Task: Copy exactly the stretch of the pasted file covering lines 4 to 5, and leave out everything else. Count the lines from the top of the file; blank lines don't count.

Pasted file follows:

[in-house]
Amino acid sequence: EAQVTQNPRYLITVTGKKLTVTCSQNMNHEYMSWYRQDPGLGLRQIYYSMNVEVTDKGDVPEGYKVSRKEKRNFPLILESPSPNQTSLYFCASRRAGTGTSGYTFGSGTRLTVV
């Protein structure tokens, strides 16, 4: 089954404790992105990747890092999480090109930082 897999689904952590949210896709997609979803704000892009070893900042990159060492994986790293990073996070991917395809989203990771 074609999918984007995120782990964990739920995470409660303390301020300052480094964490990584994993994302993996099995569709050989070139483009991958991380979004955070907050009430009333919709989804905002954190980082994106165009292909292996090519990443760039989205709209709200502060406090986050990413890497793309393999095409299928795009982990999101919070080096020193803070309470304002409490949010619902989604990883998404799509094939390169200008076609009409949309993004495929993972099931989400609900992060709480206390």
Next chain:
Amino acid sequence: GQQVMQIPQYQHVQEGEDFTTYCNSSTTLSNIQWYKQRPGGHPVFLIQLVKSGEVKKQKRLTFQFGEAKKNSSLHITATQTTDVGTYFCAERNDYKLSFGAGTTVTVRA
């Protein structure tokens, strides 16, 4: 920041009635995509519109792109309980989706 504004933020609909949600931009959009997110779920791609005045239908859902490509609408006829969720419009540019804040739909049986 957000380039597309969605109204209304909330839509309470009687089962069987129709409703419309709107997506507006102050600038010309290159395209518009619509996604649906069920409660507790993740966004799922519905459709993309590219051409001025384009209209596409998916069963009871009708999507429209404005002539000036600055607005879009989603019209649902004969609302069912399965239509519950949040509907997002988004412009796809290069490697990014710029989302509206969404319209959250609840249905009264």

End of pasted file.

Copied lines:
Next chain:
Amino acid sequence: GQQVMQIPQYQHVQEGEDFTTYCNSSTTLSNIQWYKQRPGGHPVFLIQLVKSGEVKKQKRLTFQFGEAKKNSSLHITATQTTDVGTYFCAERNDYKLSFGAGTTVTVRA